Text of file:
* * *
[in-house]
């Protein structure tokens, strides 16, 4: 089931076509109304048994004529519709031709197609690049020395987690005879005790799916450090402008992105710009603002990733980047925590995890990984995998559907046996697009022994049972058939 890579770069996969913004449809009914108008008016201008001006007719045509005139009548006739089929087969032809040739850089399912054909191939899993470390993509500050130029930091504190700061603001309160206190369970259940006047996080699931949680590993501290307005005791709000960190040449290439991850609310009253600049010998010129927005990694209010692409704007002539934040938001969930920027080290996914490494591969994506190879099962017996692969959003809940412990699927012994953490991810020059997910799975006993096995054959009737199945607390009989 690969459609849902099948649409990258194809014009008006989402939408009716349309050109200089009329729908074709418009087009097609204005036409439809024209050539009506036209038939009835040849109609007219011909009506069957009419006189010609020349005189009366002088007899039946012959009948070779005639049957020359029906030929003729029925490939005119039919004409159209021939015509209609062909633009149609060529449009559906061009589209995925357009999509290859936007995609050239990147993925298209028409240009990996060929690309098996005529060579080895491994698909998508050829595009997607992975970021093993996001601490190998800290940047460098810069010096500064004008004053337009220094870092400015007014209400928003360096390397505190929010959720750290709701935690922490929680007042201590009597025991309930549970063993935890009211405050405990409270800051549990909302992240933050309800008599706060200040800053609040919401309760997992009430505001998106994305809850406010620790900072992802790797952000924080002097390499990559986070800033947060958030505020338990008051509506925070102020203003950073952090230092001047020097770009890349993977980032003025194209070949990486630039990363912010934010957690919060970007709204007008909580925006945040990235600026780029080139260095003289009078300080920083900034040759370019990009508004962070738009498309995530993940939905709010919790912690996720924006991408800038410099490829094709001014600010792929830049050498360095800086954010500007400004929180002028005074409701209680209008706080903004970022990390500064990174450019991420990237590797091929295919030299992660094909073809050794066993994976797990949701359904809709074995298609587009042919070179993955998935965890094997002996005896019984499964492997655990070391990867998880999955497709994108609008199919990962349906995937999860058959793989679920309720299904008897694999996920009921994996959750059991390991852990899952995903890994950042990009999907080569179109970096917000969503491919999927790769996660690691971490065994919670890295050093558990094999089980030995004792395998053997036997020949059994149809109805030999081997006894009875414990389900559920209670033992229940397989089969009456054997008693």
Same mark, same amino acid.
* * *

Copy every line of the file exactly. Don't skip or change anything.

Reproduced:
[in-house]
């Protein structure tokens, strides 16, 4: 089931076509109304048994004529519709031709197609690049020395987690005879005790799916450090402008992105710009603002990733980047925590995890990984995998559907046996697009022994049972058939 890579770069996969913004449809009914108008008016201008001006007719045509005139009548006739089929087969032809040739850089399912054909191939899993470390993509500050130029930091504190700061603001309160206190369970259940006047996080699931949680590993501290307005005791709000960190040449290439991850609310009253600049010998010129927005990694209010692409704007002539934040938001969930920027080290996914490494591969994506190879099962017996692969959003809940412990699927012994953490991810020059997910799975006993096995054959009737199945607390009989 690969459609849902099948649409990258194809014009008006989402939408009716349309050109200089009329729908074709418009087009097609204005036409439809024209050539009506036209038939009835040849109609007219011909009506069957009419006189010609020349005189009366002088007899039946012959009948070779005639049957020359029906030929003729029925490939005119039919004409159209021939015509209609062909633009149609060529449009559906061009589209995925357009999509290859936007995609050239990147993925298209028409240009990996060929690309098996005529060579080895491994698909998508050829595009997607992975970021093993996001601490190998800290940047460098810069010096500064004008004053337009220094870092400015007014209400928003360096390397505190929010959720750290709701935690922490929680007042201590009597025991309930549970063993935890009211405050405990409270800051549990909302992240933050309800008599706060200040800053609040919401309760997992009430505001998106994305809850406010620790900072992802790797952000924080002097390499990559986070800033947060958030505020338990008051509506925070102020203003950073952090230092001047020097770009890349993977980032003025194209070949990486630039990363912010934010957690919060970007709204007008909580925006945040990235600026780029080139260095003289009078300080920083900034040759370019990009508004962070738009498309995530993940939905709010919790912690996720924006991408800038410099490829094709001014600010792929830049050498360095800086954010500007400004929180002028005074409701209680209008706080903004970022990390500064990174450019991420990237590797091929295919030299992660094909073809050794066993994976797990949701359904809709074995298609587009042919070179993955998935965890094997002996005896019984499964492997655990070391990867998880999955497709994108609008199919990962349906995937999860058959793989679920309720299904008897694999996920009921994996959750059991390991852990899952995903890994950042990009999907080569179109970096917000969503491919999927790769996660690691971490065994919670890295050093558990094999089980030995004792395998053997036997020949059994149809109805030999081997006894009875414990389900559920209670033992229940397989089969009456054997008693």
Same mark, same amino acid.